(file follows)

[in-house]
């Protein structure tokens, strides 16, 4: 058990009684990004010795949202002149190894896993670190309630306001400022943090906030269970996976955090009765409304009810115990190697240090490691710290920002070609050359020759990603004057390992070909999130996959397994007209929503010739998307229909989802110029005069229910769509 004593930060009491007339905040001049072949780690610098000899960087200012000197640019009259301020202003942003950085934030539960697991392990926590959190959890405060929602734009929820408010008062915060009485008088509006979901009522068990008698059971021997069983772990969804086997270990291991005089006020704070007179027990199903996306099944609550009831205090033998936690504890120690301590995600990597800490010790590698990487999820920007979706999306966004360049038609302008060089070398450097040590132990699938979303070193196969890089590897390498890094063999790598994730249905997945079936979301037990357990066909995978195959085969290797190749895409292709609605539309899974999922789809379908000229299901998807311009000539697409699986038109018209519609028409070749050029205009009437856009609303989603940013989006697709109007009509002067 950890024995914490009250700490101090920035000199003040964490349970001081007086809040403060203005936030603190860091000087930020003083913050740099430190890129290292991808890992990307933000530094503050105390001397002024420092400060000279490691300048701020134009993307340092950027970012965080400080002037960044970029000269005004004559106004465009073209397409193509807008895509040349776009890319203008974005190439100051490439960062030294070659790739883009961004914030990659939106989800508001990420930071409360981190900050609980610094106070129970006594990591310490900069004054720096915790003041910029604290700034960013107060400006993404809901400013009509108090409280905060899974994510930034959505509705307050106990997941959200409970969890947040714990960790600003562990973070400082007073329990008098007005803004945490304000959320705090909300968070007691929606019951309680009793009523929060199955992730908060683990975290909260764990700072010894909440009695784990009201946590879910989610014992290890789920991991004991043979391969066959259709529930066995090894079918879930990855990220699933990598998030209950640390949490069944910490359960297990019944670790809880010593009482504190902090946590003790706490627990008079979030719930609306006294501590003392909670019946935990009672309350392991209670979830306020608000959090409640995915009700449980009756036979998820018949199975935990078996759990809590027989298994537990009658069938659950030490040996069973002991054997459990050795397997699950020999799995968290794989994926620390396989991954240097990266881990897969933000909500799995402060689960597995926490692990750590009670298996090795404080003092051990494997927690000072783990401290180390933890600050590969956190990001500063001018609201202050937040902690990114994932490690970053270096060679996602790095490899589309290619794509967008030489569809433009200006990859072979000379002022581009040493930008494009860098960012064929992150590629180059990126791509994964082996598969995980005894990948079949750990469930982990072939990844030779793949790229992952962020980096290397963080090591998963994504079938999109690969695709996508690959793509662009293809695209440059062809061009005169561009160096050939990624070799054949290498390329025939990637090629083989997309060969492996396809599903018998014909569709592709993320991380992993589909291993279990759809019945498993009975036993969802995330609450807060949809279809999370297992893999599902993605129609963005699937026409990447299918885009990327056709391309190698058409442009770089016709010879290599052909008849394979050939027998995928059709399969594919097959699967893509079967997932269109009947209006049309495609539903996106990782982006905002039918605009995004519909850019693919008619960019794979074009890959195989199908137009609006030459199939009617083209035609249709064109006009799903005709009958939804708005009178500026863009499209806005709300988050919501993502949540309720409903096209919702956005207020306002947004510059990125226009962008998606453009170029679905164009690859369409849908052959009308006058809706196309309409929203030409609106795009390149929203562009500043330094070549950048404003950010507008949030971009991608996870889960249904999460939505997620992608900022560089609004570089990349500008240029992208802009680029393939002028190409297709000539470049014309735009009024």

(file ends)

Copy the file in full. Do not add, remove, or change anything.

[in-house]
């Protein structure tokens, strides 16, 4: 058990009684990004010795949202002149190894896993670190309630306001400022943090906030269970996976955090009765409304009810115990190697240090490691710290920002070609050359020759990603004057390992070909999130996959397994007209929503010739998307229909989802110029005069229910769509 004593930060009491007339905040001049072949780690610098000899960087200012000197640019009259301020202003942003950085934030539960697991392990926590959190959890405060929602734009929820408010008062915060009485008088509006979901009522068990008698059971021997069983772990969804086997270990291991005089006020704070007179027990199903996306099944609550009831205090033998936690504890120690301590995600990597800490010790590698990487999820920007979706999306966004360049038609302008060089070398450097040590132990699938979303070193196969890089590897390498890094063999790598994730249905997945079936979301037990357990066909995978195959085969290797190749895409292709609605539309899974999922789809379908000229299901998807311009000539697409699986038109018209519609028409070749050029205009009437856009609303989603940013989006697709109007009509002067 950890024995914490009250700490101090920035000199003040964490349970001081007086809040403060203005936030603190860091000087930020003083913050740099430190890129290292991808890992990307933000530094503050105390001397002024420092400060000279490691300048701020134009993307340092950027970012965080400080002037960044970029000269005004004559106004465009073209397409193509807008895509040349776009890319203008974005190439100051490439960062030294070659790739883009961004914030990659939106989800508001990420930071409360981190900050609980610094106070129970006594990591310490900069004054720096915790003041910029604290700034960013107060400006993404809901400013009509108090409280905060899974994510930034959505509705307050106990997941959200409970969890947040714990960790600003562990973070400082007073329990008098007005803004945490304000959320705090909300968070007691929606019951309680009793009523929060199955992730908060683990975290909260764990700072010894909440009695784990009201946590879910989610014992290890789920991991004991043979391969066959259709529930066995090894079918879930990855990220699933990598998030209950640390949490069944910490359960297990019944670790809880010593009482504190902090946590003790706490627990008079979030719930609306006294501590003392909670019946935990009672309350392991209670979830306020608000959090409640995915009700449980009756036979998820018949199975935990078996759990809590027989298994537990009658069938659950030490040996069973002991054997459990050795397997699950020999799995968290794989994926620390396989991954240097990266881990897969933000909500799995402060689960597995926490692990750590009670298996090795404080003092051990494997927690000072783990401290180390933890600050590969956190990001500063001018609201202050937040902690990114994932490690970053270096060679996602790095490899589309290619794509967008030489569809433009200006990859072979000379002022581009040493930008494009860098960012064929992150590629180059990126791509994964082996598969995980005894990948079949750990469930982990072939990844030779793949790229992952962020980096290397963080090591998963994504079938999109690969695709996508690959793509662009293809695209440059062809061009005169561009160096050939990624070799054949290498390329025939990637090629083989997309060969492996396809599903018998014909569709592709993320991380992993589909291993279990759809019945498993009975036993969802995330609450807060949809279809999370297992893999599902993605129609963005699937026409990447299918885009990327056709391309190698058409442009770089016709010879290599052909008849394979050939027998995928059709399969594919097959699967893509079967997932269109009947209006049309495609539903996106990782982006905002039918605009995004519909850019693919008619960019794979074009890959195989199908137009609006030459199939009617083209035609249709064109006009799903005709009958939804708005009178500026863009499209806005709300988050919501993502949540309720409903096209919702956005207020306002947004510059990125226009962008998606453009170029679905164009690859369409849908052959009308006058809706196309309409929203030409609106795009390149929203562009500043330094070549950048404003950010507008949030971009991608996870889960249904999460939505997620992608900022560089609004570089990349500008240029992208802009680029393939002028190409297709000539470049014309735009009024």